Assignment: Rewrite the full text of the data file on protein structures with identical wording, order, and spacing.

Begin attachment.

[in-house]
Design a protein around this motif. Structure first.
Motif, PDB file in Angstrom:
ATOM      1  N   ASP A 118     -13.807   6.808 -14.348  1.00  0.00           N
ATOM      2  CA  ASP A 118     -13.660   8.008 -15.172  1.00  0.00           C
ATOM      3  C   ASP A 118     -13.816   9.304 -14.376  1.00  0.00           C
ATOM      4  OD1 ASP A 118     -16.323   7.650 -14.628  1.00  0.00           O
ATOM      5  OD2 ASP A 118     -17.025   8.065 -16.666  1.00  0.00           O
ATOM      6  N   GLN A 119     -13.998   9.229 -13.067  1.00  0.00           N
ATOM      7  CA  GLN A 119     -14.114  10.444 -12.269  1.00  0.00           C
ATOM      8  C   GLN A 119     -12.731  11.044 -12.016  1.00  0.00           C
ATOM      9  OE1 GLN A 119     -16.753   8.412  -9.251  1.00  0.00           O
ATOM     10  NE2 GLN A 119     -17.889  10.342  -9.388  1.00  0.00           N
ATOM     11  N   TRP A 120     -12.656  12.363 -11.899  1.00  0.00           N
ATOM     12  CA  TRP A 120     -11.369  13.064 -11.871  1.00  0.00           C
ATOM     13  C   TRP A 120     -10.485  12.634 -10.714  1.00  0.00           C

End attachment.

[in-house]
Design a protein around this motif. Structure first.
Motif, PDB file in Angstrom:
ATOM      1  N   ASP A 118     -13.807   6.808 -14.348  1.00  0.00           N
ATOM      2  CA  ASP A 118     -13.660   8.008 -15.172  1.00  0.00           C
ATOM      3  C   ASP A 118     -13.816   9.304 -14.376  1.00  0.00           C
ATOM      4  OD1 ASP A 118     -16.323   7.650 -14.628  1.00  0.00           O
ATOM      5  OD2 ASP A 118     -17.025   8.065 -16.666  1.00  0.00           O
ATOM      6  N   GLN A 119     -13.998   9.229 -13.067  1.00  0.00           N
ATOM      7  CA  GLN A 119     -14.114  10.444 -12.269  1.00  0.00           C
ATOM      8  C   GLN A 119     -12.731  11.044 -12.016  1.00  0.00           C
ATOM      9  OE1 GLN A 119     -16.753   8.412  -9.251  1.00  0.00           O
ATOM     10  NE2 GLN A 119     -17.889  10.342  -9.388  1.00  0.00           N
ATOM     11  N   TRP A 120     -12.656  12.363 -11.899  1.00  0.00           N
ATOM     12  CA  TRP A 120     -11.369  13.064 -11.871  1.00  0.00           C
ATOM     13  C   TRP A 120     -10.485  12.634 -10.714  1.00  0.00           C